Imagine stepping out of the blustery, snowy, icy, dark December cold and into a warm, brightly lit, steam-windowed, pots-bubbling-over kitchen where the white-haired, aproned chefs cease their chopping, broiling, and stirring just for a moment to enfold you into their tender, welcoming arms, and then order you and your entire family to sit down and eat while they proudly serve up course after course of the most aromatic, succulent, and mouth-watering dishes ever to come out of an 8×8 room. Aah, the delectable wonder of Christmas Eve.
When I was growing up, my family embraced the Christmas Eve tradition of the Feast of the Seven Fishes. Known by Italians as La Vigilia di Natale, Roman Catholics observe the holy day, the vigil of the birth of the baby Jesus, by abstaining from meat, and my grandparents would simmer, sauté, and stew as many types of fish as they could muster into a dinner that began right after four-o’clock mass and lasted until our full bellies kept us from hoisting another platter around the table.
One did not begin eating until Grandpa took his seat at the head of the table; Nana dabbed the perspiration from her nose and combed her lustrous, white hair in the mirror; and our family bowed heads for a prayer. While Nana would recite the Profession of Faith in her native tongue, my dad would smack my brothers’ hands that surreptitiously sought nibbles of every dish before she finished. Grandpa would then pour his homemade red wine into tumblers that our noses could barely fit into, and Nana would top off the glasses with ginger ale for the children, (Yes, I’m convinced my grandmother invented the “spritz.”) Finally, plates were passed and chaos reigned. “Mangia, baby, and shut up,” my grandpa would lovingly tell his young grandchildren with a smile on his face, and we would feast.
While the tradition calls for seven fish, my nana firmly believed that there was never enough food on the table and always added a few more dishes to the menu. Our seven fish, fresh from the market, typically included: 1) calamari (squid) and 2) octopus, whose tentacles and suckers were breaded and fried to perfection; 3) eel stew, cooked in a tomato broth that still couldn’t hide that one was actually eating a thick, black eel; 4) baccalà, a dry, salted cod that Grandpa would soak for an entire day before baking, stewing, or sautéing (just watch out for the bones!); 5) fresh sardines; 6) fresh mackerel (with its eyes staring up at you right from the oven;) and 7) fresh, cooked cold shrimp. The savory extras thrown in for good measure might be pasta with anchovies; or else cauliflower and bread salad with canned sardines, olive oil, and vinegar; a plate of fried artichokes; and a fresh, thick bulb of fenocchio (anise) with a dish of olive oil and salt and pepper for dipping.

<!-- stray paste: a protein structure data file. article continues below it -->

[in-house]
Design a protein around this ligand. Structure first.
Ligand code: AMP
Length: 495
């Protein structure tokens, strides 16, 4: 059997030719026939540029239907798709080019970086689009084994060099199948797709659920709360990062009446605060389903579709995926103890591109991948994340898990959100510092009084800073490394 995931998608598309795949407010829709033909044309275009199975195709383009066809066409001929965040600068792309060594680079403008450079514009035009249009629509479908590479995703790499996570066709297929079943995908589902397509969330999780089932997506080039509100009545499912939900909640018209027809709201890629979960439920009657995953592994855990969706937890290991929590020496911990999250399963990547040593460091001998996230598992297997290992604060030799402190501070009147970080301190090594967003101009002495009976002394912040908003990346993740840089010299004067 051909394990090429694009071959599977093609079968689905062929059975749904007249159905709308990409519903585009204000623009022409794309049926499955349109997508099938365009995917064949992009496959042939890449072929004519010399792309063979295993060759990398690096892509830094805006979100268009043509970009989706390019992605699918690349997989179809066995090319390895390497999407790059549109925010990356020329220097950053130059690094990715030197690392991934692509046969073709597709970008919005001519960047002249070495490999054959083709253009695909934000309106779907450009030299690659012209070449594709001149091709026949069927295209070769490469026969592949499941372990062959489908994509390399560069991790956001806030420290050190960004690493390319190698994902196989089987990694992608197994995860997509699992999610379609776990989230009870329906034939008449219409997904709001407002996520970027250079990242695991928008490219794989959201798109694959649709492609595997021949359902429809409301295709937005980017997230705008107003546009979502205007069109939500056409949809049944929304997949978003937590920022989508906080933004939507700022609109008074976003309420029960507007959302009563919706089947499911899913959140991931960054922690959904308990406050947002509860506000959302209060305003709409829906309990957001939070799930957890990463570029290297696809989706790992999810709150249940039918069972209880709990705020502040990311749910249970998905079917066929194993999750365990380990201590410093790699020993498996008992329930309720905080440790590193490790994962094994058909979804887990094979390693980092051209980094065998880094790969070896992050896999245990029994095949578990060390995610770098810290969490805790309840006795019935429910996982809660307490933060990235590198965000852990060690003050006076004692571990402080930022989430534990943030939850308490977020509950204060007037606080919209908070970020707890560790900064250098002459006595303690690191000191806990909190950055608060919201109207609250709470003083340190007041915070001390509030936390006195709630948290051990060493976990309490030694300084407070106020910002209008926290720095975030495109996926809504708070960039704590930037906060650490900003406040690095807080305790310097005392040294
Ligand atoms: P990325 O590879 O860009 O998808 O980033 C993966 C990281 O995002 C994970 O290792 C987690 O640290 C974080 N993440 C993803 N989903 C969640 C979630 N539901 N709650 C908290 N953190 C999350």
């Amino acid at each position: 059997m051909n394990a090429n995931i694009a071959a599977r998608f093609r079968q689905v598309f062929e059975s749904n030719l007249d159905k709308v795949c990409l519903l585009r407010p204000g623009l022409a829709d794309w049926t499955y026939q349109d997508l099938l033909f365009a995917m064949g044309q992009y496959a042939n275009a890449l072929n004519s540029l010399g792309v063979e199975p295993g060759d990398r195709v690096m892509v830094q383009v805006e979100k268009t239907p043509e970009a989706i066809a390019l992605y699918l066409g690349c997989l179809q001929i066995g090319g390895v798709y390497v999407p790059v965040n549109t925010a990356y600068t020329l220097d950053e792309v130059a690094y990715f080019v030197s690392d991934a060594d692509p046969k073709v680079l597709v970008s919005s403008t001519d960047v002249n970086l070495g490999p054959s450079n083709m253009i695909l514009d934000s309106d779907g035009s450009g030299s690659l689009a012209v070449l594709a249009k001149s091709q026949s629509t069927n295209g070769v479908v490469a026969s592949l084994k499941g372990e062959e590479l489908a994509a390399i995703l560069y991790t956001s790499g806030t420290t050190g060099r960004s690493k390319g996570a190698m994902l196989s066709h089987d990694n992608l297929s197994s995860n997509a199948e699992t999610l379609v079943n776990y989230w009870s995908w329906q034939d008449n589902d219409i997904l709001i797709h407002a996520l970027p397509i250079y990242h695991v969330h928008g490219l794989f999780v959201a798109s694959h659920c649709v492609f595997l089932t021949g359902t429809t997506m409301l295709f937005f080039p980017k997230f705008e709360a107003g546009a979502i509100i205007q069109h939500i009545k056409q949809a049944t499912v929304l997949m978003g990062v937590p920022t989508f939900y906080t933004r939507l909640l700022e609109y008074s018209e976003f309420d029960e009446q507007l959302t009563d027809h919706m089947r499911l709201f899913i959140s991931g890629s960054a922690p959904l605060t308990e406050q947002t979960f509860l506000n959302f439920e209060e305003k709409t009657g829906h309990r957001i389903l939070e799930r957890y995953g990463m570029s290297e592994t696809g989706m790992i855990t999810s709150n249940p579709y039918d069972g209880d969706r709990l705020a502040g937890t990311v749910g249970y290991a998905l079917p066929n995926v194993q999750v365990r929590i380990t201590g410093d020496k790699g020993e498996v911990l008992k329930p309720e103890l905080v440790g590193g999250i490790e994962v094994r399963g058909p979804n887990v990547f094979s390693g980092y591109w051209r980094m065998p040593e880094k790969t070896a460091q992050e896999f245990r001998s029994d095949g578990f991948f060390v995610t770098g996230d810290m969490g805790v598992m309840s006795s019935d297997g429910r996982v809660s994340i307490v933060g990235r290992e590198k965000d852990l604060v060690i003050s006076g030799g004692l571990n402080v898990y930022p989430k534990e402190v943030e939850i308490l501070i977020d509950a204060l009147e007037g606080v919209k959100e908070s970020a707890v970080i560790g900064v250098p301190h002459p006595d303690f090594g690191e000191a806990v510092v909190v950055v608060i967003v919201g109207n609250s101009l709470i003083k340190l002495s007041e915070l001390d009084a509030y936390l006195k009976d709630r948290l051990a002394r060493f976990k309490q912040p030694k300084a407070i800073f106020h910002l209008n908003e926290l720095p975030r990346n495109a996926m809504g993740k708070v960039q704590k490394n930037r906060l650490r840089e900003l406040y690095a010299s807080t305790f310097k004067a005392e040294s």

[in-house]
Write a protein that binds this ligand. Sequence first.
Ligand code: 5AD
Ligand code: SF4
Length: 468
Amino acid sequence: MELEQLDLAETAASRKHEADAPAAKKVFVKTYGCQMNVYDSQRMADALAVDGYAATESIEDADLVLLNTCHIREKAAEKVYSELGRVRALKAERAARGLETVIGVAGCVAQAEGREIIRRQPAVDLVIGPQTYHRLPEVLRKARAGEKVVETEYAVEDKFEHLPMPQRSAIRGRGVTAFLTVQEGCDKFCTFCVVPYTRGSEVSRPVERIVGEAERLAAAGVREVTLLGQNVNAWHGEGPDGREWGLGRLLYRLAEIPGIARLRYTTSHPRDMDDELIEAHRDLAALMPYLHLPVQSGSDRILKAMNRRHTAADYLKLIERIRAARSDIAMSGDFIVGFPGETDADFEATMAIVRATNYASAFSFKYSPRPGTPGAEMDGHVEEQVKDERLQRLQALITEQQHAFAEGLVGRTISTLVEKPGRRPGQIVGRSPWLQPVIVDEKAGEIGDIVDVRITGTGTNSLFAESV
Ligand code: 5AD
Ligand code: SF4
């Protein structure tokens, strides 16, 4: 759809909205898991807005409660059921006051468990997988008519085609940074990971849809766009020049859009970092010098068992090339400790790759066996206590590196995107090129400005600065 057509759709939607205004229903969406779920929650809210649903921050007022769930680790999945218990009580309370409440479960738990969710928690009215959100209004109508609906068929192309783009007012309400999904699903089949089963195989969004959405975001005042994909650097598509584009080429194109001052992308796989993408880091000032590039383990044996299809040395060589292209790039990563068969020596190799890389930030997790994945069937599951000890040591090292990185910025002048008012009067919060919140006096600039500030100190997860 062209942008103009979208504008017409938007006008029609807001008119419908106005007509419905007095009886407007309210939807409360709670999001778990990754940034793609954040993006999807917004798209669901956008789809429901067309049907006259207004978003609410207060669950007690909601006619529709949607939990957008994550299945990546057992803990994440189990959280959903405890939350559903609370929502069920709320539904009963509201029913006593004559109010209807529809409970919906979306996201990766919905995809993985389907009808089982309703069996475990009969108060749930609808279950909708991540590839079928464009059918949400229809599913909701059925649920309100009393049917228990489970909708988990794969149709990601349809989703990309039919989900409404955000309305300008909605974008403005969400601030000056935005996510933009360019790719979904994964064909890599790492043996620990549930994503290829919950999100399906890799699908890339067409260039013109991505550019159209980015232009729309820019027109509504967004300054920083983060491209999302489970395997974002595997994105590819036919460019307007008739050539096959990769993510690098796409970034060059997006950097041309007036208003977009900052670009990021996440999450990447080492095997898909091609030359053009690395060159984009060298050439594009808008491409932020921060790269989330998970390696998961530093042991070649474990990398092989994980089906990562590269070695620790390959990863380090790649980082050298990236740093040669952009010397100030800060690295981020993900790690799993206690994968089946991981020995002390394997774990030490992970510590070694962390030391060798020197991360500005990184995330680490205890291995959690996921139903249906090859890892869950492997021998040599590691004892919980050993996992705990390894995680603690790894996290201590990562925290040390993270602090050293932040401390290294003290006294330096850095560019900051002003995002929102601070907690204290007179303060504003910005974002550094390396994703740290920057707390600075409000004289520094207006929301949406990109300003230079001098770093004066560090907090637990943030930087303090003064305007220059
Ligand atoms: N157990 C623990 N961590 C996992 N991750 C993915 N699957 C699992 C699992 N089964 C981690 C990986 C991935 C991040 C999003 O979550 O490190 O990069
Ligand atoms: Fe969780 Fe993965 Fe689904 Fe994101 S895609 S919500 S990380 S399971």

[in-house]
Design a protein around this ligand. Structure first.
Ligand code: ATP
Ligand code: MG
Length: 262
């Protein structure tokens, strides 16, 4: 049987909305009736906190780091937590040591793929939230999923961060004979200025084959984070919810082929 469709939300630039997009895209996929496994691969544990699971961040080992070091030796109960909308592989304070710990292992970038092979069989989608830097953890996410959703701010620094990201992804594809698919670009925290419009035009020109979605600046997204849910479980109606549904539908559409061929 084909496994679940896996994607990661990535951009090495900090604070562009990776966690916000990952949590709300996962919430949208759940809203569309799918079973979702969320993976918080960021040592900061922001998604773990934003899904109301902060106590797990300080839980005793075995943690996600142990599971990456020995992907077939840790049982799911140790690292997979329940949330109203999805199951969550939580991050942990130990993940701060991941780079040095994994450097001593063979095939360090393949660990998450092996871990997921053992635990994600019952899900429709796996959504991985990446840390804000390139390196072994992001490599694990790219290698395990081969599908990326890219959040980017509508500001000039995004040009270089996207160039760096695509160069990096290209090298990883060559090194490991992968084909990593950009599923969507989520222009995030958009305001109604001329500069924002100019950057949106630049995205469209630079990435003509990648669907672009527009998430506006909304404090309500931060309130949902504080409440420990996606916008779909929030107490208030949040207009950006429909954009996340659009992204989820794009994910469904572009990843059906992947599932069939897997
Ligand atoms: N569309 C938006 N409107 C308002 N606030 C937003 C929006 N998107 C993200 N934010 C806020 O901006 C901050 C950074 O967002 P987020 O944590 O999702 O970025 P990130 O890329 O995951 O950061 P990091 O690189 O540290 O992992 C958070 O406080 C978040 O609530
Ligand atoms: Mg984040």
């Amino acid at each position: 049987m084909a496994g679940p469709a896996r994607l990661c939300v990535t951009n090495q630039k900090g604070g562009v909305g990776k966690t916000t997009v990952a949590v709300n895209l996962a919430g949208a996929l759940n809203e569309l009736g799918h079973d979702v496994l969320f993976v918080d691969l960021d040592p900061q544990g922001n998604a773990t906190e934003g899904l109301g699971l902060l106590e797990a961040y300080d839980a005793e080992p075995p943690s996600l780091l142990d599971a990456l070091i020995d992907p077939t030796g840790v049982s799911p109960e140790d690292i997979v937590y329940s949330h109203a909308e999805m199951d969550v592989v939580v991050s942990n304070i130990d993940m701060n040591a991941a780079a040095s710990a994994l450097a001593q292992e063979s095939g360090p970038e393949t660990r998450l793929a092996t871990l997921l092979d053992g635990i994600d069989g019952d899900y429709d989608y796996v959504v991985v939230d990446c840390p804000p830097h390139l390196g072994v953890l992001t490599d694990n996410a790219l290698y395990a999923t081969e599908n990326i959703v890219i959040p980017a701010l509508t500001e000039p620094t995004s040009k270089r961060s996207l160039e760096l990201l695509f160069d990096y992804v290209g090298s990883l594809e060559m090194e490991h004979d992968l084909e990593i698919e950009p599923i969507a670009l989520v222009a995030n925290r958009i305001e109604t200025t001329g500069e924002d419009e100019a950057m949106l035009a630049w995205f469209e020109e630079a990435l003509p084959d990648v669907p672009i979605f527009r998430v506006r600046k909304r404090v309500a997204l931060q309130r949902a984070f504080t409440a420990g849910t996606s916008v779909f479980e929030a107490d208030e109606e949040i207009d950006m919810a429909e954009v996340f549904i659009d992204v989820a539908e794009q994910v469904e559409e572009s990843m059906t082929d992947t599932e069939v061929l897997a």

Where’s the dessert? My mom always hosts the Christmas Day feast, and she brings out the scrumptious desserts, like Panforte, Panettone, Torrone, and cookies like rum balls, cucidati and pizzelles right after that. But in honor of the solemnity of the vigil of Christmas Eve, we’d put off the decadent treats until Christmas Day, in favor of assorted nuts and oranges. (Besides, after eating all of those courses, who has room for more?) But when you’re Italian, one does as the Italians do, and we washed down our vigil feast with a little digestivo. Nana and Grandpa could finally sit back and revel in the happy, fulfilled looks on their children’s sated faces, and sip a bit of Strega liqueur or some coffee with a bit of anisette. Nana would remove her apron, smile, and let out a contented sigh while she sipped her steaming espresso to the sound of cracking walnuts, hazelnuts, and almonds. Grandpa would unseal and pass a mason jar of homemade peaches that he’d packed in thick syrup the past summer. My dad would impress the little ones by squeezing orange zest into the candle flame, and shock them with a little squirt of it in the eye to keep them on their toes before Santa arrived.
Looking back, I’m not sure if I appreciate more the dining room table set with glimmering china and glassware, steaming plates of abundant food, and ravenous eyes twinkling amid the high, tapered candles at the beginning of the meal; the laughter and the sharing of exotic delicacies with family that seems to outgrow the table every year; or else the drowsy, drunk-with-food-and-wine faces, slumped on elbows atop the delicate, Burano lace tablecloth strewn with nut shells and orange peels. I’m sure it’s the perfect combination of all of it.
As you celebrate your holiday traditions this year, take a moment to cherish the delicious traditions of the past and savor them like comfort food. Buon Natale, tutti!